Monday, December 5, 2022

article by Marge Mowczko about 4 Women in Matthew’s Geneology

Conclusion by Marge Mowczko:

“Some say the four women in Matthew’s genealogy were immoral in some way, or that they each suffered disgrace. Yet this is not how the Bible describes them.

~ When Judah discovered the truth of Tamar’s actions which led to her pregnancy, he declared her more righteous than himself.[5]And Tamar is spoken of positively in Ruth 4:12.

~ Rahab, despite continuing to be identified as a prostitute, is commended in both Old and New Testaments.[6] James writes that Rahab is considered righteous (Jas 2:24-25), and she is included in the list of faith heroes in Hebrews 11 (Heb.11:31; cf. 11:2).

~ Boaz says this about Ruth: “All the people of my town know that you are a woman of noble character.” (Ruth 3:11 NIV). He says this during her visit to him at night, alone (Ruth 3:13-14). What did happen that night?

~ In 2 Samuel chapters 11 and 12, David is held fully responsible for the actions surrounding Bathsheba’s wretched entrance into palace life (cf. 1 Kings 15:5). Interestingly, she is nameless in the Greek text of Matthew 1and is identified only as “Uriah’s wife.” This seems to distance Bathsheba from David’s crimes.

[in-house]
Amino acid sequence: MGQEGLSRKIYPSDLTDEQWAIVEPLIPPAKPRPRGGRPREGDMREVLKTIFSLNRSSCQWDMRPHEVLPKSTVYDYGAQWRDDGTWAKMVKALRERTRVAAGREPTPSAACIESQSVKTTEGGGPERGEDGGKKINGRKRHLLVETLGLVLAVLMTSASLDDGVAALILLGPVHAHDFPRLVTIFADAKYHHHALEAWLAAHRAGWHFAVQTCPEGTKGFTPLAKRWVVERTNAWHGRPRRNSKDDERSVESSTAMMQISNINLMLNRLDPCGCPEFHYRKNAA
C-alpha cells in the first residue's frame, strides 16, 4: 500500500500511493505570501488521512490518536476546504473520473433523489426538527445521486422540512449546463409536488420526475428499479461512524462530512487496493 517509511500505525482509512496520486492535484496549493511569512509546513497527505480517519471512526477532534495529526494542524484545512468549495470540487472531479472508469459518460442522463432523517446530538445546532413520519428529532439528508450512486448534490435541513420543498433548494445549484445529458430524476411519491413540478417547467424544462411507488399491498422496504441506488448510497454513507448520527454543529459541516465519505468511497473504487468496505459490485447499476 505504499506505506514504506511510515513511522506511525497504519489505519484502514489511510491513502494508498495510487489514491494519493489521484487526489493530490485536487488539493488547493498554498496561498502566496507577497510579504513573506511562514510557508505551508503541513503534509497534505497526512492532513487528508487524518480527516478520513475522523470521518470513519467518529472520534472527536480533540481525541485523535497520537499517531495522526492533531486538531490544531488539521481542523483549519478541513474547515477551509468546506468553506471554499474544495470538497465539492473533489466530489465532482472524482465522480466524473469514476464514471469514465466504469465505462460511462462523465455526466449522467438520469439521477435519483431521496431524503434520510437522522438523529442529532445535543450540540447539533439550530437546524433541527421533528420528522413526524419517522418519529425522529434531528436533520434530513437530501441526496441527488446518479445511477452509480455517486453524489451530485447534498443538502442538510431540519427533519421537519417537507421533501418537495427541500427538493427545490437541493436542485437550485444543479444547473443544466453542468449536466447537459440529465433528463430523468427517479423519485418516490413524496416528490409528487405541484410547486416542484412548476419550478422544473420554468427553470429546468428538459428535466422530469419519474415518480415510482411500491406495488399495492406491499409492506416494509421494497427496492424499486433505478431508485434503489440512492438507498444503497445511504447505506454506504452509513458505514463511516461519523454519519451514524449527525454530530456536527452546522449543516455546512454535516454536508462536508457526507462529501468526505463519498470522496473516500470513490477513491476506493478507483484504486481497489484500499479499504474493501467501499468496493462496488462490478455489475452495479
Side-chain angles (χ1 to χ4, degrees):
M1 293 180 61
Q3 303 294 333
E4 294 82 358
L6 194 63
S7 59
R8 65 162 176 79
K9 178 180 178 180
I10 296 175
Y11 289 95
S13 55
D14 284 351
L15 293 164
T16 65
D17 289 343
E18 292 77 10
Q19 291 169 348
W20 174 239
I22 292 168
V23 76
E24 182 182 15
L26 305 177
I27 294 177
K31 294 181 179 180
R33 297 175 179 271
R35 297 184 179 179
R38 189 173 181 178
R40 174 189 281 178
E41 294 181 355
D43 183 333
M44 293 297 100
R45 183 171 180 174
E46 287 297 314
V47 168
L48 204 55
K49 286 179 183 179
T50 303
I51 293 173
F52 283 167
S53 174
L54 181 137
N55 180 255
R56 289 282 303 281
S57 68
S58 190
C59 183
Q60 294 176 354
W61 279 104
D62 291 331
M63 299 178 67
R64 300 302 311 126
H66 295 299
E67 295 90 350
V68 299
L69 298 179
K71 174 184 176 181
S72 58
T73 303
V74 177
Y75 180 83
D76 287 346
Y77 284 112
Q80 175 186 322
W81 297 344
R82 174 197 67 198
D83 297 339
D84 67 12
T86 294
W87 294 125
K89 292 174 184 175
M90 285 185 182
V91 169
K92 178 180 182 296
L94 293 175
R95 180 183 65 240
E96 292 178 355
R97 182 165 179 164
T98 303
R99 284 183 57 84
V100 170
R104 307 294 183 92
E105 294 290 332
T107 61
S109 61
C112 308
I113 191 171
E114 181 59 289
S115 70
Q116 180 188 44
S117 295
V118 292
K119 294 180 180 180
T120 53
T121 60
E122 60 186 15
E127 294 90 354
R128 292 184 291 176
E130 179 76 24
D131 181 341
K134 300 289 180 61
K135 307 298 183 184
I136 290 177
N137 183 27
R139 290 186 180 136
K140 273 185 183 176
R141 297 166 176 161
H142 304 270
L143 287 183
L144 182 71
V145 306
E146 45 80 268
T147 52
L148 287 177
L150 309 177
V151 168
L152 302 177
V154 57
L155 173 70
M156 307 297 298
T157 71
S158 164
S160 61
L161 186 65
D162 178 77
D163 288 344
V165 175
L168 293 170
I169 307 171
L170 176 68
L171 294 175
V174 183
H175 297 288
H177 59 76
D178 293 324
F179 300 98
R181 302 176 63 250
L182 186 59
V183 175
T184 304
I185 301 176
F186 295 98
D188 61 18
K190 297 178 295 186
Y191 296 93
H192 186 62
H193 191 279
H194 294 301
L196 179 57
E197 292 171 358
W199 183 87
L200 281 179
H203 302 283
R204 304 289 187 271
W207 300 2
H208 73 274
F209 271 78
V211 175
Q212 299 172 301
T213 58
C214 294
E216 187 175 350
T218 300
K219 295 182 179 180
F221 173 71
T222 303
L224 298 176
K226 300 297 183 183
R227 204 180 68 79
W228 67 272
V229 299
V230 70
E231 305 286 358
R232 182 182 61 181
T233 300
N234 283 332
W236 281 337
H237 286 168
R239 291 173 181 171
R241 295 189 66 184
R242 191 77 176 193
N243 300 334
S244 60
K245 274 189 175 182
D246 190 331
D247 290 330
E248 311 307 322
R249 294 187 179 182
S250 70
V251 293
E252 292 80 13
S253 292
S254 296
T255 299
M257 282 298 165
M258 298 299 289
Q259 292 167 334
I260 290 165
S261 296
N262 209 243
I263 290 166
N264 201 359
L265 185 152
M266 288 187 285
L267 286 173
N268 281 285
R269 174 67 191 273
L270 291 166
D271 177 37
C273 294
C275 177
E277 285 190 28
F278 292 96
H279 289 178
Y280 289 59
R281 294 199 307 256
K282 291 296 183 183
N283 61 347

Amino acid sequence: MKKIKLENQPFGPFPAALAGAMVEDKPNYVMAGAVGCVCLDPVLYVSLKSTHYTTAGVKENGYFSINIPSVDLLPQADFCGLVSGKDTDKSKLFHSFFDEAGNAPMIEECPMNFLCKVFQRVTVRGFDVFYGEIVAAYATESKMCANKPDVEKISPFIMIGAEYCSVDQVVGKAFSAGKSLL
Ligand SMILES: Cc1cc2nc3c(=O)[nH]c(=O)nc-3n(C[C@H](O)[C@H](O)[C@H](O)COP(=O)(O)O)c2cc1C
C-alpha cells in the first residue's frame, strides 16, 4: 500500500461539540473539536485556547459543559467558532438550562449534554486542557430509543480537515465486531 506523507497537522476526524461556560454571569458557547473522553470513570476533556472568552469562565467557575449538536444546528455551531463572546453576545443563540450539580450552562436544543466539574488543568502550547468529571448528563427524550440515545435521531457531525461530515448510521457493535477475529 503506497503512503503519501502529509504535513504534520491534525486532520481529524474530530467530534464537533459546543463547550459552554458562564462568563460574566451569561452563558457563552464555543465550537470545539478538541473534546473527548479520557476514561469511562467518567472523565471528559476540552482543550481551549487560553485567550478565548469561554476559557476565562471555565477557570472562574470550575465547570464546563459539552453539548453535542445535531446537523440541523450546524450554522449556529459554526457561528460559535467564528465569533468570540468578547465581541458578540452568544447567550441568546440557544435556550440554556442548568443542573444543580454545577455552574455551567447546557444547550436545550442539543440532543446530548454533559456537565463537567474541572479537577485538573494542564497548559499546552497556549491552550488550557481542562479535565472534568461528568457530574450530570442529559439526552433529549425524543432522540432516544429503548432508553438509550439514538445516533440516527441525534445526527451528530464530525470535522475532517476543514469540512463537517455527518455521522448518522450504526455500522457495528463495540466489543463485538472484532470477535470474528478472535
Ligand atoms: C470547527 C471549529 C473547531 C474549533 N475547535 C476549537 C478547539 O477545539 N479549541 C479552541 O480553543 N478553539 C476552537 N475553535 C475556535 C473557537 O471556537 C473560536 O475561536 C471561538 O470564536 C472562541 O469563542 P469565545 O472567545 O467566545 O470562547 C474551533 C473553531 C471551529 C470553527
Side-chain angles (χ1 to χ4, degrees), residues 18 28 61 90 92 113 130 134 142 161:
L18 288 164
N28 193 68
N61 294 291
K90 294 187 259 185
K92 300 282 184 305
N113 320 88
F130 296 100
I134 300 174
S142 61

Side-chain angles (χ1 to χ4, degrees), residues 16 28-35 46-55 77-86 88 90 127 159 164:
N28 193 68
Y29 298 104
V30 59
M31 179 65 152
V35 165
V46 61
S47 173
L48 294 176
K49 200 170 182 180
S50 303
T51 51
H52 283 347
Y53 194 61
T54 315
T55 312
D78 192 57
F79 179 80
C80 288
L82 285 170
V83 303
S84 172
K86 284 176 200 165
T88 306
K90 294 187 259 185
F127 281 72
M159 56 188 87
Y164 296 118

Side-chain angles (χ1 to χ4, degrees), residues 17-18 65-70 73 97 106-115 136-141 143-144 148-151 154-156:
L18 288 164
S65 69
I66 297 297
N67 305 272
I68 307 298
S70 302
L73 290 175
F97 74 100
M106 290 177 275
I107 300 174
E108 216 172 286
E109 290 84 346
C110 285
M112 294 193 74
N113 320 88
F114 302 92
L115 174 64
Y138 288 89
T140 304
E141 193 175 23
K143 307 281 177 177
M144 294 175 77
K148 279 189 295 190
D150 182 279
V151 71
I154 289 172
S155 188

These four women and Mary were righteous even if they don’t appear that way to the casual or narrow-minded observer. All four, as well as Mary, could have been accused of sexual immorality. Judah initially ordered Tamar to be burnt to death because he first thought she had acted immorally (Gen. 38:24). Mary could have been stoned to death for being pregnant to someone other than Joseph, her betrothed. Some of these women, especially Bathsheba, continue to be maligned. Each of them could have become victims. Instead, they were blessed.”

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